The background and findings of Goto Shimpei “Biological Principles” colonial planning


Shortly after the Shimonoseki treaty in 1895, the Japanese government took over Taiwan and set the “Taihoku” as the “island capital”. The Japanese has treated their first colony as almost a manifesto that their culture is far more advance and superior than the Chinese traditional custom and society, and that they can now be in the same elite class as the western colonial empires. Therefore, the Japanese public at that time had high expectation on the development of the city. Yet, there were major problems faced by the colonial government in the beginning of acquisition. Contrary to the expected economic revenue, the Japanese had to constantly draw money and resources from their homeland in order to construct communication and transportation networks required for further development (Berman and Shimizu, 1999). As a matter of fact, the incomplete land ownership records further dampened the tax revenue of the colonial government. Moreover, there is a mismatch between the modern Japanese Judicial system and the traditional Chinese legal system, as the latter is deeply connected with social and cultural tradition, thus creating disputes and problems between Taiwanese (Berman and Shimizu, 1999).


Facing the above dilemmas, the civil administrator Gotō Shimpei, after his appointment in 1889, developed his vision of ruling colonial cities based on extensive scientific research, in his words the “biological principles”. His vision was so broad that it includes multiple aspects concerning not only the hygiene and infrastructure of the city, but also the judicial, political and land management systems that rooted deeply in the tradition and old custom of the Han Chinese living in Taiwan. His own wordings explain his concept “Any scheme of colonial administration, given the present advances in science, should be based on principles of Biology. What are these principles? They are to promote science and develop agriculture, industry, sanitation, education, communications, and police force.” (Chang and Ramon, 1963)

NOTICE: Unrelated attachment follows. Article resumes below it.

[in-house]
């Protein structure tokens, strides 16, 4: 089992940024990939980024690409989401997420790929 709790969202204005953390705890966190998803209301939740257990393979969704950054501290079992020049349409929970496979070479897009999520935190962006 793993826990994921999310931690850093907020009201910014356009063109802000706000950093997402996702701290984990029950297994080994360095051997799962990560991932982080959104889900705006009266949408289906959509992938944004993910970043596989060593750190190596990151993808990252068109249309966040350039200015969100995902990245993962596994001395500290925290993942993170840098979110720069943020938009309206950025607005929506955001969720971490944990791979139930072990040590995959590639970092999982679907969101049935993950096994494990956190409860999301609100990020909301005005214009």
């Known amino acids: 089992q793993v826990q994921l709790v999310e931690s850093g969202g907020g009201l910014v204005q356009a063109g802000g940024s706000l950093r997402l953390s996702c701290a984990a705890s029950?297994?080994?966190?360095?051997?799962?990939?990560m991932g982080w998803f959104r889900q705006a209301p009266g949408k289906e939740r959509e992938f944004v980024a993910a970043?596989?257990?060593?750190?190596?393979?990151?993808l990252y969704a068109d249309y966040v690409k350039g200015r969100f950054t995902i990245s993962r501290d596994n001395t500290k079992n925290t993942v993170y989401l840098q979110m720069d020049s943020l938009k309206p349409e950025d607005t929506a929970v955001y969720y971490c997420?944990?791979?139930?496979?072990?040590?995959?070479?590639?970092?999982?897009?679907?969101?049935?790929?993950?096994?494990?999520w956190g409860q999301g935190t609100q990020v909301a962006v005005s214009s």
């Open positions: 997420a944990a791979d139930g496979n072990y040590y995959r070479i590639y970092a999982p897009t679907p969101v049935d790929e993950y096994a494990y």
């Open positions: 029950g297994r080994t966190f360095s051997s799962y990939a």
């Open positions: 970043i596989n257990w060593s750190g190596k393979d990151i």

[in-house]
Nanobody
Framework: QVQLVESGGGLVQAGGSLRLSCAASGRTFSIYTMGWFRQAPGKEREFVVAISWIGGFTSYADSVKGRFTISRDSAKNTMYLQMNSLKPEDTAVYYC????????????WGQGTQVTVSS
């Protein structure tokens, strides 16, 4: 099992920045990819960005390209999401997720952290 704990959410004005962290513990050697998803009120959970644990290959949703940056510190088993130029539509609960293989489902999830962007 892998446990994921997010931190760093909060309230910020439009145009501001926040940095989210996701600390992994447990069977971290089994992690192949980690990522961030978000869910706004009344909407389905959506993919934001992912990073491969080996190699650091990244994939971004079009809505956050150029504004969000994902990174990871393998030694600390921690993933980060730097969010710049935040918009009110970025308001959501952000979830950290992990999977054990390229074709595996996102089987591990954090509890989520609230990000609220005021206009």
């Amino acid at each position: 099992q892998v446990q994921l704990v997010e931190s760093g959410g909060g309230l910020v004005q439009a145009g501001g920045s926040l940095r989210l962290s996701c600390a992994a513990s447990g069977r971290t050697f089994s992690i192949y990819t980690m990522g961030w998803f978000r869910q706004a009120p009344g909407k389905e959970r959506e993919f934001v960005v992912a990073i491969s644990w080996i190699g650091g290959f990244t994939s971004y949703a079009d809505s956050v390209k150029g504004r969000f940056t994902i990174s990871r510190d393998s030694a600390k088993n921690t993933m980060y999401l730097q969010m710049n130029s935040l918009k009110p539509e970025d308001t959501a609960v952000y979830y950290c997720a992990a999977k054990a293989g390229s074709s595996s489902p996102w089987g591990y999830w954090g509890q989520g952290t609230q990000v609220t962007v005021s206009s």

To begin with the “biological principles” researches, Goto first set up the Provisional Bureau for Land Registration for systematic land surveying. During the process, traditional systems related to land system are also investigated. Examples include the Baojia system (Hoko system), which incorporate security enforcement into basic village scale (Liu, 2006). To further understand the indigenous organization within Han Taiwanese city, Goto established the Provisional Commission for the Investigation of Taiwanese Old Customs (Rinji Taiwan Kyukan Chosakai) in following year, which aimed to study social, economic and legal issues. Several reports was published shortly after, covering the investigation of the tradition and old custom of the Han Chinese population in Taiwan in the aspects of land, topography, social institutes, families etc. (Berman and Shimizu, 1999).


Soto believed that only if respecting and incorporating the social tradition and custom would the colonial rule be successful, and that higher “local autonomy” had to be achieved (Berman and Shimizu, 1999). Therefore, his policies on economic, legal, security, land, infrastructural and sanitary systems are all based on the instrumental commission that investigate the old customs, in which its methodologies and detailed planning would be discussed in later essays respectively.



Shiyung Liu, 2006. Building a strong and healthy empire: the critical period of building colonial medicine in Taiwan.

Jan van Bremen,Akitoshi Shimizu, 1999. Anthropology and Colonialism in Asia: Comparative and Historical Colonialism. Published by Routlege Curzon.

Joseph R. Allen, 2012. Taipei: City of Displacements. Published by the University of Washington Press.

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